Looking at what the DL filter is doing, I wonder how well this really generalizes. It seems that many of those examples are virtually indistinguishable to a human (hence the high false positive rate for the naked eye experiments).


w.r.t the material, it seems to be possible, since ToF sensors operate in a narrow 850 nm band. However, I don't know if a coating can be made that also doesn't overlap with the visible light range since 850 nm is somewhat close to red light, or whether that would be cheap if so (given that the hidden cameras themselves are only $1 at the moment).

I also have similar reservations about the DL approach in general. What makes me more confident is that we trained on a relatively small number of objects (~10) and tested on a totally different set of 30 objects. We're also using very small regions-of-interest as inputs (5x5), so there's little to no overfitting on the environment or objects themselves.


Bring a 360 degree projector, up the ante


If the spy camera has infrared leds then you can detect those by removing the infrared filter from a camera, can be done on some smartphone cameras programmatically I think.


In a dark room, you can point an old-style remote control at an iPhone camera and see button presses light up the IR transmitter.

I do this to test their batteries :)

But older Cell-phones (flip phones) with CMOS sensors used to be really good at this as they wouldn’t filter much IR in order to work better in low-light conditions.


It hard to tell if these modules contained IR interference filters, some of the part numbers are only for sensors not modules. If they have interference filters I could see that there would be a strong IR reflection. It would be interesting to see the results with a absorptive filter, although I am guessing real spy cameras have no filter at all. Improve the sensitivity vs making a pretty picture.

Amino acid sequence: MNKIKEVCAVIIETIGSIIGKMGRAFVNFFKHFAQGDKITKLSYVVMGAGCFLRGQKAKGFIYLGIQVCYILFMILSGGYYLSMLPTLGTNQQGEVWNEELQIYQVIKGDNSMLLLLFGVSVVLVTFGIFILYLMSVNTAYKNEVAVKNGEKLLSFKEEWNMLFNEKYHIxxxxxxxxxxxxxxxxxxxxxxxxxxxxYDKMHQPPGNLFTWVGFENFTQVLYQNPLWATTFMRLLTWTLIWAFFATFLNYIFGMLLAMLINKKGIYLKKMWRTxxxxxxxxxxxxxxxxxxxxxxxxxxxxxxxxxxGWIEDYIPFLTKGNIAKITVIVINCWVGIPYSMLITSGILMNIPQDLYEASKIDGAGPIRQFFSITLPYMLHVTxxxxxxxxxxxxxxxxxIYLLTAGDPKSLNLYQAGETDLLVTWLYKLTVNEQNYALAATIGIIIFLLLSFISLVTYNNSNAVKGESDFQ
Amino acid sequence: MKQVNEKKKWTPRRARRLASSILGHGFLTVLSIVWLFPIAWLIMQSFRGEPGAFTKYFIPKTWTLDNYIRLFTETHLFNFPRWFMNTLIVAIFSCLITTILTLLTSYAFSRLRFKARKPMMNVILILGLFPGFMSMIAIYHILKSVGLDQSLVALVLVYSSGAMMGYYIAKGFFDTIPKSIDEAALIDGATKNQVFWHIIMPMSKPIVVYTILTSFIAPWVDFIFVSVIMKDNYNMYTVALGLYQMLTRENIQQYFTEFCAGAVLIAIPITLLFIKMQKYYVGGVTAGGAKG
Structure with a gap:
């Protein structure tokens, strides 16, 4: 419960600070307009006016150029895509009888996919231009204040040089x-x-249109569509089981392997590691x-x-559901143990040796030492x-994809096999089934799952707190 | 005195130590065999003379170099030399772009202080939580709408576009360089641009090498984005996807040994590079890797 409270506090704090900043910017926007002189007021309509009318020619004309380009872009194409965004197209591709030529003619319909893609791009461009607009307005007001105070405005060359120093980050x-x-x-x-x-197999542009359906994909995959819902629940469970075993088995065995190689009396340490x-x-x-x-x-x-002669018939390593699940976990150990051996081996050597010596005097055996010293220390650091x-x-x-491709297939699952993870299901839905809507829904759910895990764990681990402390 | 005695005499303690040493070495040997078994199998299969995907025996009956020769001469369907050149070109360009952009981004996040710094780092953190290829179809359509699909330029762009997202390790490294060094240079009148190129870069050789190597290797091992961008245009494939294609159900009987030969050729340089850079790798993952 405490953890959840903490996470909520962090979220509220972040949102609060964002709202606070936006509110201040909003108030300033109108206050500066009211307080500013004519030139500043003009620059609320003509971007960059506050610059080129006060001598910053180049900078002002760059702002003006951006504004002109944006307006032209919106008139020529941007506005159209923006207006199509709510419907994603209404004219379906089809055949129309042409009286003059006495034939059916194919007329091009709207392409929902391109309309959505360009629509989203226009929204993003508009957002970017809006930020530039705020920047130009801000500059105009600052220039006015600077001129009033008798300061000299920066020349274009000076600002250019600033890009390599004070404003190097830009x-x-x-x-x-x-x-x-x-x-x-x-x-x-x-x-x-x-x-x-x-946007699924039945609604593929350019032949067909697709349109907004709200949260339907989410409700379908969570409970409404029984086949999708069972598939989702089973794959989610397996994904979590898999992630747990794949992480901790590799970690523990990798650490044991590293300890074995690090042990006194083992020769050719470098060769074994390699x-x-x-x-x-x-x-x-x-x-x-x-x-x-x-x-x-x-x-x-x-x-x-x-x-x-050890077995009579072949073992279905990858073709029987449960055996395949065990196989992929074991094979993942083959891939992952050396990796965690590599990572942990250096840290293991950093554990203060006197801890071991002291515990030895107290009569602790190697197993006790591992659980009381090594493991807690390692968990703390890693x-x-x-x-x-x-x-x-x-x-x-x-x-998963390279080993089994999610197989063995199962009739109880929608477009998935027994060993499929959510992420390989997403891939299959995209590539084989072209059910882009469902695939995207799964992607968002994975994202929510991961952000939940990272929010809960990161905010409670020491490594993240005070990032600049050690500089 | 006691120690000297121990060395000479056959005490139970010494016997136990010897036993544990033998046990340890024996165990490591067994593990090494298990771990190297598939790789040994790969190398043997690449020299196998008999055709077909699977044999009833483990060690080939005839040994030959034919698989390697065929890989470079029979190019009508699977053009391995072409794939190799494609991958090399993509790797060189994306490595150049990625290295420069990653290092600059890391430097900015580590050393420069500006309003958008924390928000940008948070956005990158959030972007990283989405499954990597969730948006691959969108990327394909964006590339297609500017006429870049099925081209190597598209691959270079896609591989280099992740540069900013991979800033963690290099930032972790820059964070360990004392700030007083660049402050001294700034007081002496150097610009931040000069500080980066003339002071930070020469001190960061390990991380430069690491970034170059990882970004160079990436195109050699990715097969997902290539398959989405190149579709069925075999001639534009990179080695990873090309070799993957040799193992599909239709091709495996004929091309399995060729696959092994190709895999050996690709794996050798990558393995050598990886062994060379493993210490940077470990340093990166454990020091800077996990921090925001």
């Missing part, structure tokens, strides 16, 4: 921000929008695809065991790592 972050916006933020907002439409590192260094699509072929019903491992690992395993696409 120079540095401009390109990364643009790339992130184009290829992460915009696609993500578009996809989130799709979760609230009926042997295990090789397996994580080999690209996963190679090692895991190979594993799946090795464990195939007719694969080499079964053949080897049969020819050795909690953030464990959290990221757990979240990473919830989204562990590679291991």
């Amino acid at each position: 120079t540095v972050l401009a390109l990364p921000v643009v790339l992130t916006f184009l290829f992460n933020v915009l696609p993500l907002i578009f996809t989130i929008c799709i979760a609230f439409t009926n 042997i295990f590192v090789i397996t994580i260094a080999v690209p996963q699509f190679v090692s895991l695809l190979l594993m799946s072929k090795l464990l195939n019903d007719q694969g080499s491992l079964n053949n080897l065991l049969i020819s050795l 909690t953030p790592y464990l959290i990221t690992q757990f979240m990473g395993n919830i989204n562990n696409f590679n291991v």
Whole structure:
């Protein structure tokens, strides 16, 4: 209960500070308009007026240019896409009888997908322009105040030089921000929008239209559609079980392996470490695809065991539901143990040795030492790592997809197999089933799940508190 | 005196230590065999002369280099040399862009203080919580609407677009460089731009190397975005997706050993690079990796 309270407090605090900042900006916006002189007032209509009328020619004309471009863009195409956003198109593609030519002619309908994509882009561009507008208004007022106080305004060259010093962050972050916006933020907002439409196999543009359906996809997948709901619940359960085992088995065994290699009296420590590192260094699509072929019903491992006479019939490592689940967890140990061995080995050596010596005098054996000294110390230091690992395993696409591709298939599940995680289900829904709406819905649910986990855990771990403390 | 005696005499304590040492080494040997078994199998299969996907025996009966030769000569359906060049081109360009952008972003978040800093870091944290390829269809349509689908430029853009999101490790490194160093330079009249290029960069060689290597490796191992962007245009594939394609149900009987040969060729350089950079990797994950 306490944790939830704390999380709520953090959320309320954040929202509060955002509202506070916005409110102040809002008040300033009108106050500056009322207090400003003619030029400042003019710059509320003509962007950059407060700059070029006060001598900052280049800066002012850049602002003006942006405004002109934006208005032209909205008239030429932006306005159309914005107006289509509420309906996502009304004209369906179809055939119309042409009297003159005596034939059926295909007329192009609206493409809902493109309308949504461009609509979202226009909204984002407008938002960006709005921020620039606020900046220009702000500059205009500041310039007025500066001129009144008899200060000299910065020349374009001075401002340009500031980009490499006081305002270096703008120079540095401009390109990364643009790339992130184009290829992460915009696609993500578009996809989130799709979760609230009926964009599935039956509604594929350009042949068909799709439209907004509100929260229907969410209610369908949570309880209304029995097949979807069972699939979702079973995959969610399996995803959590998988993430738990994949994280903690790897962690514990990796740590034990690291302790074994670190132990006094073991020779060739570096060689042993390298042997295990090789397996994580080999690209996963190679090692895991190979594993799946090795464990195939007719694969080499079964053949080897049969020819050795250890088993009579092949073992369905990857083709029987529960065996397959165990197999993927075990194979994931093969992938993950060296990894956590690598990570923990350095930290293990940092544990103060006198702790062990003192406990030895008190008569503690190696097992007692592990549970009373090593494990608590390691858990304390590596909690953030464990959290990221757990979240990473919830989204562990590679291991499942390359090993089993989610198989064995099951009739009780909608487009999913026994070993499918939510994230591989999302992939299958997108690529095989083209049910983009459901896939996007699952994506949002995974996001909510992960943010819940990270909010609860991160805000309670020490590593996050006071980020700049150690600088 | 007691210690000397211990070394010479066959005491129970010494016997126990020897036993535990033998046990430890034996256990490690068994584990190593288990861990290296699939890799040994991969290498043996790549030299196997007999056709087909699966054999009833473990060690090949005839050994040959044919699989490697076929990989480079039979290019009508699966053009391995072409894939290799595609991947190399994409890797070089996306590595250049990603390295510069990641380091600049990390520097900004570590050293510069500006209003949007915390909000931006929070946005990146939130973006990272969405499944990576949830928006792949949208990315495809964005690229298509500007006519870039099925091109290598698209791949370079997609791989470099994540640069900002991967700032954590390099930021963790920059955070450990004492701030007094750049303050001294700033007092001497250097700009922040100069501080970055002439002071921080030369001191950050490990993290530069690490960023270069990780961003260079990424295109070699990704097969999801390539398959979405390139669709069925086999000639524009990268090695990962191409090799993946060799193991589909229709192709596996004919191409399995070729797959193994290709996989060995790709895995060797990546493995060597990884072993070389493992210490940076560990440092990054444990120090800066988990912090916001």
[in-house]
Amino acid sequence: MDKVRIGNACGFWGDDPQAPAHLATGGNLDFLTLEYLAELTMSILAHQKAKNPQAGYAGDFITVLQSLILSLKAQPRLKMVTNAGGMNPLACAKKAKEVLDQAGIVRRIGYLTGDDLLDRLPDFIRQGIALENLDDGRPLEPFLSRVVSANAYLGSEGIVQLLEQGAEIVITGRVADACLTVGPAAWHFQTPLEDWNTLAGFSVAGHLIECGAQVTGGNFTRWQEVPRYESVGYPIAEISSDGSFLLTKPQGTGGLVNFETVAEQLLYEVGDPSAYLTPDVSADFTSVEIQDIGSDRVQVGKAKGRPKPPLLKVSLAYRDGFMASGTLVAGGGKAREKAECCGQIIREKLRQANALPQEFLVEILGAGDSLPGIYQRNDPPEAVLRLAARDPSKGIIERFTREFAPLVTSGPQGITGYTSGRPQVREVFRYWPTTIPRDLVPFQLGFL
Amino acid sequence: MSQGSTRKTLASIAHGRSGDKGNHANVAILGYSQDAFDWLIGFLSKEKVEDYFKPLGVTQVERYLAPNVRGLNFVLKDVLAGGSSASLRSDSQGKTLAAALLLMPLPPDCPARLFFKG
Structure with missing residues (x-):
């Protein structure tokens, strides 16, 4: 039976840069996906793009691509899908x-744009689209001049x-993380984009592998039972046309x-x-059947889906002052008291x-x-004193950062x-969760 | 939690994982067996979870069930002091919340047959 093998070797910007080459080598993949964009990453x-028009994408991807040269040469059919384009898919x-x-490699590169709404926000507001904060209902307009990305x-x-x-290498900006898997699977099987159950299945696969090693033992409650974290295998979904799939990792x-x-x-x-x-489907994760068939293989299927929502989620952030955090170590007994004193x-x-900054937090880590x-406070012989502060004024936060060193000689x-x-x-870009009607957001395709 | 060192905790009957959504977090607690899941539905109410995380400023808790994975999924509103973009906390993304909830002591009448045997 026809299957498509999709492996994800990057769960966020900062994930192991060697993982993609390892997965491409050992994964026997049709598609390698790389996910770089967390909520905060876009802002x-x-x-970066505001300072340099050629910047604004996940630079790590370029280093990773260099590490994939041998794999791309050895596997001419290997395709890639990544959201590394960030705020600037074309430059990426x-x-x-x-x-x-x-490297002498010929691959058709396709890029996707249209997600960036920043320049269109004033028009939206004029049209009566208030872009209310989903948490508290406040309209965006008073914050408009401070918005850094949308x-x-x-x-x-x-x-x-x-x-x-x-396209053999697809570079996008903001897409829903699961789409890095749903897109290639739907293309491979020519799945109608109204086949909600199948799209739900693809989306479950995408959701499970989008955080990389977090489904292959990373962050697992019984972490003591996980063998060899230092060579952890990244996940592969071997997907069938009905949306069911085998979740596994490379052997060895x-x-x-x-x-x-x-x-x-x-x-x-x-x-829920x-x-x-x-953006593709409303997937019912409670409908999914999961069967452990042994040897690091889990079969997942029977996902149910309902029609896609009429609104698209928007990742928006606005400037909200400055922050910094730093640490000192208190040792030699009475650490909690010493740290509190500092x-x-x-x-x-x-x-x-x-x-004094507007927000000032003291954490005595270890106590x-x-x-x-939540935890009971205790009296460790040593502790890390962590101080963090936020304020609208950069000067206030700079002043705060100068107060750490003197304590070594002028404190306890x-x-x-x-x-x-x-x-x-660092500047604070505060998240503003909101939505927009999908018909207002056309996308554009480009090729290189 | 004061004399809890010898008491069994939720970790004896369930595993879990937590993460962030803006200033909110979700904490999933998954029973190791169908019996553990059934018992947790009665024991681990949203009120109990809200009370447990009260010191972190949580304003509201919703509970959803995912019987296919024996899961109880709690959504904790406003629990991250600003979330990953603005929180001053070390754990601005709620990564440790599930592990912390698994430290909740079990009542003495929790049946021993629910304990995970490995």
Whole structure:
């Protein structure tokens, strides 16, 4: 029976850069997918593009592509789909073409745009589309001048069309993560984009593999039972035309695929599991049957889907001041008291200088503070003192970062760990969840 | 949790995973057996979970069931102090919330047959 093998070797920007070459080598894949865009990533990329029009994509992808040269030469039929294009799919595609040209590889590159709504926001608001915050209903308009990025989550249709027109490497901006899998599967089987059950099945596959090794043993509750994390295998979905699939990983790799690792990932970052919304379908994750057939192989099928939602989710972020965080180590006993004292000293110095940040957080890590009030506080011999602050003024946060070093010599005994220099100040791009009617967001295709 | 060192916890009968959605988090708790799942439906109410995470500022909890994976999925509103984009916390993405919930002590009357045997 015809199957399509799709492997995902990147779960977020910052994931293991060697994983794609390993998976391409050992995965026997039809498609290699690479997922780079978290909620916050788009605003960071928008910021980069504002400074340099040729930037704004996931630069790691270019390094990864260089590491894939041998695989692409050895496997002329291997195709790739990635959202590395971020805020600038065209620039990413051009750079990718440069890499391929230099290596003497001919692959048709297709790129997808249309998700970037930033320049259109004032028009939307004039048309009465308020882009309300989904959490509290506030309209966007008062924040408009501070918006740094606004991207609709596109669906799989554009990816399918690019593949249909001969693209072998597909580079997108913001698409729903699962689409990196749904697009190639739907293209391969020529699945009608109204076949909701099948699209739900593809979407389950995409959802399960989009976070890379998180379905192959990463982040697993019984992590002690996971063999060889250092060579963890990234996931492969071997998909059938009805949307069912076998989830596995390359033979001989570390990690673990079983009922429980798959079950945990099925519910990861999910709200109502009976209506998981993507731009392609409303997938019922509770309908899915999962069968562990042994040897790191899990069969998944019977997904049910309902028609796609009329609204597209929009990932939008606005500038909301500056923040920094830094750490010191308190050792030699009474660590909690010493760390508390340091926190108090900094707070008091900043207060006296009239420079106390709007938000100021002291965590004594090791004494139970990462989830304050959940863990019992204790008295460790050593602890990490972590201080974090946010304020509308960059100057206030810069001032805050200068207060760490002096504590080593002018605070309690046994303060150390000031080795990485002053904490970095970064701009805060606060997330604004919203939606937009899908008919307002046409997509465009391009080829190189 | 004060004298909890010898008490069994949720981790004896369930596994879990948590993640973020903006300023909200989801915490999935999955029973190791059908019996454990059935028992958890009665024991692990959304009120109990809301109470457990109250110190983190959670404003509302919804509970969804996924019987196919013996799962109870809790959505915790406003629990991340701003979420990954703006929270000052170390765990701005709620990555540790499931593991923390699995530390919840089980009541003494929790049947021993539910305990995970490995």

I'm having a hard time seeing how the obsolete and not exactly tiny OV2640 was crammed into that electrical plug. The integrated module is a 10mm cube with a 1/4" lens and to be useful it needs a power supply and either a storage controller or wireless network interface.


We just used the OV2640 module itself (https://www.aliexpress.com/i/4000036275403.html) which is pretty small. While we didn't actually include a little battery and perhaps something like an ESP-32 to control it, I'm pretty sure those could fit inside the plug if hollowed out.


"Tiny hidden spy cameras concealed in sensitive locations including hotels and bathrooms are becoming a significant threat worldwide." I think motel room tenting and indoor foil-wearing might seem to be more justifiable, less paranoiac. Who knew?


I was really hoping that they had an app I could install, as they implemented LAPD on Android.


Hey! Author of the work here. We just finished presenting this at a conference yesterday, so we're working on open-sourcing the code now with some feedback from the community. It's got some warts because of API limitations (no way to automatically align color and ToF cameras, so we're manually doing that).


Cool work. It would be great for scanning hotel rooms.


Thank you!